“”Maybe the new government tries to cozy up to China, in which case I think the U.S. probably does cut security aid, but if the military is going to continue working with the United States, everybody’s going to forget about this and the aid will continue,” suggests Cohen.

Egypt provides a model for a junta that remained in the good graces of the United States. After Egyptian President Mohamed Morsi was overthrown by the military in 2013 (which the U.S. never officially called a coup), the Obama administration suspended “only a couple hundred million dollars in U.S. military aid” while still maintaining the majority of the aid. In 2015, the administration restored Egypt’s aid to fight the Islamic State.”

“It’s also not clear that U.S. security aid benefits regional security, given the tendency for the U.S. military to train future coup leaders. “The Niger coup marks yet another occasion in which U.S.-trained military personnel—the officers that we are educating and training—have sponsored or directly supported an antidemocratic coup,” noted Emma Ashford, a senior fellow with the Reimagining U.S. Grand Strategy program at the Stimson Center, in an interview with Foreign Policy. “These aren’t just low-level troops who’ve been trained in combat techniques. These are often coup leaders, the cream of the crop of foreign militaries, trained here in the United States at our top service academies.”

“Part of what the U.S. spending on security assistance has done is fund hundreds of billions into the security forces, and that has contributed to this balance of powers in these governments,” adds Savell. “They have essentially given both military and security forces more power and more clout in comparison to other parts of the government.””

Republicans are threatening to sabotage George W. Bush’s greatest accomplishment

“First passed in 2003 under President George W. Bush, PEPFAR is a vehicle for distributing HIV/AIDS drugs to people in poor countries who wouldn’t otherwise have access to them. It has been astonishingly effective: The most recent US government estimates suggest it has saved as many as 25 million lives since its enactment. It is currently supporting treatment for over 20 million people who depend on the program for continued access to medication.
Given its success, PEPFAR has historically enjoyed bipartisan support. In 2018, Congress reauthorized PEPFAR for another five years without a fuss. But this time around, things look different. Some House Republicans, prodded by an array of influential groups, are threatening to block another five-year reauthorization. Their argument is pure culture war: that PEPFAR has become a vehicle for promoting abortion.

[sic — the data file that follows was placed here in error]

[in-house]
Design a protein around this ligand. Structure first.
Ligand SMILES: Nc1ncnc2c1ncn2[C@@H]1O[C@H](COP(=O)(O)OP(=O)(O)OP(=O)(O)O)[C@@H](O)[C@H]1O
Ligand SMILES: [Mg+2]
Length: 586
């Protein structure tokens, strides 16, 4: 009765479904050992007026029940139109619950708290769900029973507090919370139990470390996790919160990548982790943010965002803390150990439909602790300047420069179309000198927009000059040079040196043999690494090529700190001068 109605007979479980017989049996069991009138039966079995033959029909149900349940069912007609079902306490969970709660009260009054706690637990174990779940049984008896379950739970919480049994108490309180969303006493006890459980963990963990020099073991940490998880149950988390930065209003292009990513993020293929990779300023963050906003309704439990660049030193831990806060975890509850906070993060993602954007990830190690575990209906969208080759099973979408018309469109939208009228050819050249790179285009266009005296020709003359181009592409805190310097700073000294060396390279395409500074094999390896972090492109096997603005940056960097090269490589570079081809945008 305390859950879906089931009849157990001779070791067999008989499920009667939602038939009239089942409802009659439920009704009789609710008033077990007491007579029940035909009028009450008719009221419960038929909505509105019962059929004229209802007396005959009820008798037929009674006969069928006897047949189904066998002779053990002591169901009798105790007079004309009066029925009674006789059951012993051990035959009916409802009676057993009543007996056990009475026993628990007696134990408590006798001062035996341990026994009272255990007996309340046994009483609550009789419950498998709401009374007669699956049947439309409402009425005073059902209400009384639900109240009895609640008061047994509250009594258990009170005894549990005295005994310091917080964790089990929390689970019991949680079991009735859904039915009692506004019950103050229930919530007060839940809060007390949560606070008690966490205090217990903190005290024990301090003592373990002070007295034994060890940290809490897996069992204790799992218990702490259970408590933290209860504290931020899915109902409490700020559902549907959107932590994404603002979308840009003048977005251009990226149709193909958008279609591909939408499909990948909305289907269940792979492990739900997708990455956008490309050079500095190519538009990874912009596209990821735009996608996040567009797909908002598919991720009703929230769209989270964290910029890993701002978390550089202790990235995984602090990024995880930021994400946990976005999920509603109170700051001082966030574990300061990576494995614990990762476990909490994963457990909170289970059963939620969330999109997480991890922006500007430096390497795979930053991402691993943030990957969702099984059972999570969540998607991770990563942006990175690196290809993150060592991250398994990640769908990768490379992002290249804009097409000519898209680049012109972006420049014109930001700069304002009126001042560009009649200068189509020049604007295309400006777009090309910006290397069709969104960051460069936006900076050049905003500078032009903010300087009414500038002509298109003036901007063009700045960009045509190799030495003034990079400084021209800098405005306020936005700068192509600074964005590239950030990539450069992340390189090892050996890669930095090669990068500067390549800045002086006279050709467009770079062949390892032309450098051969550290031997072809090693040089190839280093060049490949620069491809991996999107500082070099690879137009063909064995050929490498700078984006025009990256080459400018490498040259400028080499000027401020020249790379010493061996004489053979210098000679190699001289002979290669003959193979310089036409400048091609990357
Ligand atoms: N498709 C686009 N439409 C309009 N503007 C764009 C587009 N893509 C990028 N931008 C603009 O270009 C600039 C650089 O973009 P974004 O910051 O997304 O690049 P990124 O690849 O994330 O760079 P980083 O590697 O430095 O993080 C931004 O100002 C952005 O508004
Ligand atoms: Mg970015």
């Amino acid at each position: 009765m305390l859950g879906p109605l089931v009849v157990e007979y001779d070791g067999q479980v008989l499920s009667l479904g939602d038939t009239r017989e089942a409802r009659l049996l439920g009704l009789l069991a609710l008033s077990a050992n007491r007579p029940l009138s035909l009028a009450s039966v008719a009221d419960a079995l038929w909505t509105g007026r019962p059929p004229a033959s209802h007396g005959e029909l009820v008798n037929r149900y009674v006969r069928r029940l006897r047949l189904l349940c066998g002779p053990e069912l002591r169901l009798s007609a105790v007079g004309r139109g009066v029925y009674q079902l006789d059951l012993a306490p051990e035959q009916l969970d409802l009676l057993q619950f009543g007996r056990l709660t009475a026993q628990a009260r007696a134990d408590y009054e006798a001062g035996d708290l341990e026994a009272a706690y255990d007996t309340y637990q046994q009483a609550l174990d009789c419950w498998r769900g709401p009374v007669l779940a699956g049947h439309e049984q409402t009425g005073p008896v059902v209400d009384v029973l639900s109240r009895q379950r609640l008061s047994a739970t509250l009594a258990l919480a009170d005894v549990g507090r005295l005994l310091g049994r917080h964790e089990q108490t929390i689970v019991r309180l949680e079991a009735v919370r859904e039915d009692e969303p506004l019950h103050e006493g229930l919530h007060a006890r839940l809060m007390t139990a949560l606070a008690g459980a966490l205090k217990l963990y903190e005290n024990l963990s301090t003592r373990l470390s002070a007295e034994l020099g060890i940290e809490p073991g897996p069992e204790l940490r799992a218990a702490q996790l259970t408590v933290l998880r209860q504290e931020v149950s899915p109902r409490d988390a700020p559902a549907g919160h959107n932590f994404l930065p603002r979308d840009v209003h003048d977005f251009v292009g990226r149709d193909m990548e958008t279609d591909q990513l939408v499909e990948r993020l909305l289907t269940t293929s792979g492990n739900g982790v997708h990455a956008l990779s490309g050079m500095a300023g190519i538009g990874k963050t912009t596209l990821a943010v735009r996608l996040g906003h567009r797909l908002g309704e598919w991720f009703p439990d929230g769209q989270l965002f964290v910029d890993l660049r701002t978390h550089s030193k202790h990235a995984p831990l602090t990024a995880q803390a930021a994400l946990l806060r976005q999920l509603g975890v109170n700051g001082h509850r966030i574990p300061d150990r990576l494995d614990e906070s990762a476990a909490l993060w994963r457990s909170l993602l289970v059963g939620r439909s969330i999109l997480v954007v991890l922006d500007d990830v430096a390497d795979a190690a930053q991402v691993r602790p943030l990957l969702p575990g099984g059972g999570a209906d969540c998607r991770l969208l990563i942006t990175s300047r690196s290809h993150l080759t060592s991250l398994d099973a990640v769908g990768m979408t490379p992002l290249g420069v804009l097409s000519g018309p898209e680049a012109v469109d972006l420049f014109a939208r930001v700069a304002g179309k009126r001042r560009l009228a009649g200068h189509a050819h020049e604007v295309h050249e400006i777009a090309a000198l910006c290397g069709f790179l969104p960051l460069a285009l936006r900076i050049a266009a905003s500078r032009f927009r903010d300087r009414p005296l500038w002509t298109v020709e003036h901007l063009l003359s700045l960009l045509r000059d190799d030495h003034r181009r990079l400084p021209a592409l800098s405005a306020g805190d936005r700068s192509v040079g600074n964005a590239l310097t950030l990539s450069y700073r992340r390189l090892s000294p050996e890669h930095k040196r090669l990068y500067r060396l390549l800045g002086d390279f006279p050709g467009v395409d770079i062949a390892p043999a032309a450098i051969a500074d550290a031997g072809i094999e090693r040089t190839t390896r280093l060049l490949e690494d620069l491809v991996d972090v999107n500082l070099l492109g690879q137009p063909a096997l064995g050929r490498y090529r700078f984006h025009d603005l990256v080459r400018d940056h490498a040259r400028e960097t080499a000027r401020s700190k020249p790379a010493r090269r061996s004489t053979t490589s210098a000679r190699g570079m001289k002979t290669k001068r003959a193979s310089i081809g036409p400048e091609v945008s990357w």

In reality, PEPFAR is legally prohibited from funding abortion services, and the argument against the program on anti-abortion grounds is very thin. But in today’s political climate, where the culture war reigns supreme on the right, this is enough to jeopardize the continued good functioning of a program that the Republican Party used to champion.”

Niger’s coup and the international community’s opposition, explained

“Gen. Abdourahamane Tchiani, the head of Niger’s presidential guard, with other members of Niger’s armed forces, on Friday declared himself head of a transitional government he called “the National Council for the Safeguard of the Homeland,” while international leaders and organizations including the African Union and the Economic Community of West African States (ECOWAS) strongly condemned the coup.”

“It’s the fifth successful military coup in Niger since its independence from France in 1960. A series of coups has toppled the governments of several African countries over the past three years, but Niger is a bit of an outlier among its neighbors, particularly due to the vociferous support Bazoum’s government has enjoyed. Though Niger, like many other West African nations, had suffered from poor economic growth and stunted democratic and public institutions, Bazoum’s tenure produced improvements in education and public health, as well as the security and economic outlooks compared with neighbors like Mali and Burkina Faso.”

“Tchiani’s claim to power rests on the idea that Bazoum’s government had failed to deal with the violent Islamist extremism that has festered in the region over the past decade. That claim has driven coups elsewhere in the region, such as Mali. Military leaders can present themselves as a strong security alternative in unstable and violent nations, but in the case of Niger, the security situation was actually improving, especially in relation to its neighbors in the Sahel region — the band of north-central Africa stretching from northern Senegal to Sudan.”

“Bazoum had reportedly tried to force Tchiani into retirement, as Daniel Eizenga, a research fellow at the Africa Center for Strategic Studies, points out. “The coup justifications have no foundation to stand on in Niger,” Eizenga said, adding that the power grab seems to be due to “the egotistical motivations of this individual.”
Indeed, Tchiani did not initially have the full support of the armed forces, though he has since commandeered the endorsement of some of Niger’s military leaders. Civilian protests immediately after Tchiani’s takeover insisted that Bazoum be returned to office; however, as Eizenga told Vox, those protests were violently suppressed by the presidential guard, Tchiani’s unit, creating a “chilling effect” against further civilian protest.”